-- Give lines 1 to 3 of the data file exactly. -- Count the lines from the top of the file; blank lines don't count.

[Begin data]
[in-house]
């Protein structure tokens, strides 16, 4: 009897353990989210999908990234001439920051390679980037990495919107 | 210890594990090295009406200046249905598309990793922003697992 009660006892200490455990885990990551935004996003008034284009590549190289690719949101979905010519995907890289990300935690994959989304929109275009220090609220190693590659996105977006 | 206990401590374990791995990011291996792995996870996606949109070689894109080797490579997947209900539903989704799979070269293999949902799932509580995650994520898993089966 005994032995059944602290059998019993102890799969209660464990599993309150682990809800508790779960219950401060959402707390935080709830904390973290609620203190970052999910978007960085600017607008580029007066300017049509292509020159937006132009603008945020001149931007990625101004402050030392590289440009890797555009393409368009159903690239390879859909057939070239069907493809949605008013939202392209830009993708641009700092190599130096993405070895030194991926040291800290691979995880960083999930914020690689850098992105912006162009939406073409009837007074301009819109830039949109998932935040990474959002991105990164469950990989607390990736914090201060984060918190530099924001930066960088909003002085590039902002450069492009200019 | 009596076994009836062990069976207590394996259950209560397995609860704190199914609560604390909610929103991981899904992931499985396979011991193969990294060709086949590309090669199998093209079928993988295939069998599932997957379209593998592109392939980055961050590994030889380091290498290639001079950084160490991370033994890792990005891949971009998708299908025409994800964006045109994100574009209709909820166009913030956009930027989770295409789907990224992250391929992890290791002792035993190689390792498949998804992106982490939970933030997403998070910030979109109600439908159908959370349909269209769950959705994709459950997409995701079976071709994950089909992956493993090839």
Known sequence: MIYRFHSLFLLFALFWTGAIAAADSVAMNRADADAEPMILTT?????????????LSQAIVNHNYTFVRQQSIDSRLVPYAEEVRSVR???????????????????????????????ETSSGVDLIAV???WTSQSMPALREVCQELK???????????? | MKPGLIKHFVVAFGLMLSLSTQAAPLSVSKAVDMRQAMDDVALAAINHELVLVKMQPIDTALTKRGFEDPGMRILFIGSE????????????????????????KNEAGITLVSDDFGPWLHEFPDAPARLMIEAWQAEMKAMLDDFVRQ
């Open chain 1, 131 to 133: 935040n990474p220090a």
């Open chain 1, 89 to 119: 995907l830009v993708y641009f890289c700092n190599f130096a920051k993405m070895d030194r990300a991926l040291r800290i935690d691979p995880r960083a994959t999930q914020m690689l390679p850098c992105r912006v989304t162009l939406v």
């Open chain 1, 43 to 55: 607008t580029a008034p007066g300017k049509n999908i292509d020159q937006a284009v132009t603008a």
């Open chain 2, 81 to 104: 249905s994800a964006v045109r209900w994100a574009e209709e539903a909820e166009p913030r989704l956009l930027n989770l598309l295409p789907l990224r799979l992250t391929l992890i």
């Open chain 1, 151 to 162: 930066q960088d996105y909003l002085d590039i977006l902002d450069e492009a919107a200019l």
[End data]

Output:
[in-house]
């Protein structure tokens, strides 16, 4: 009897353990989210999908990234001439920051390679980037990495919107 | 210890594990090295009406200046249905598309990793922003697992 009660006892200490455990885990990551935004996003008034284009590549190289690719949101979905010519995907890289990300935690994959989304929109275009220090609220190693590659996105977006 | 206990401590374990791995990011291996792995996870996606949109070689894109080797490579997947209900539903989704799979070269293999949902799932509580995650994520898993089966 005994032995059944602290059998019993102890799969209660464990599993309150682990809800508790779960219950401060959402707390935080709830904390973290609620203190970052999910978007960085600017607008580029007066300017049509292509020159937006132009603008945020001149931007990625101004402050030392590289440009890797555009393409368009159903690239390879859909057939070239069907493809949605008013939202392209830009993708641009700092190599130096993405070895030194991926040291800290691979995880960083999930914020690689850098992105912006162009939406073409009837007074301009819109830039949109998932935040990474959002991105990164469950990989607390990736914090201060984060918190530099924001930066960088909003002085590039902002450069492009200019 | 009596076994009836062990069976207590394996259950209560397995609860704190199914609560604390909610929103991981899904992931499985396979011991193969990294060709086949590309090669199998093209079928993988295939069998599932997957379209593998592109392939980055961050590994030889380091290498290639001079950084160490991370033994890792990005891949971009998708299908025409994800964006045109994100574009209709909820166009913030956009930027989770295409789907990224992250391929992890290791002792035993190689390792498949998804992106982490939970933030997403998070910030979109109600439908159908959370349909269209769950959705994709459950997409995701079976071709994950089909992956493993090839």
Known sequence: MIYRFHSLFLLFALFWTGAIAAADSVAMNRADADAEPMILTT?????????????LSQAIVNHNYTFVRQQSIDSRLVPYAEEVRSVR???????????????????????????????ETSSGVDLIAV???WTSQSMPALREVCQELK???????????? | MKPGLIKHFVVAFGLMLSLSTQAAPLSVSKAVDMRQAMDDVALAAINHELVLVKMQPIDTALTKRGFEDPGMRILFIGSE????????????????????????KNEAGITLVSDDFGPWLHEFPDAPARLMIEAWQAEMKAMLDDFVRQ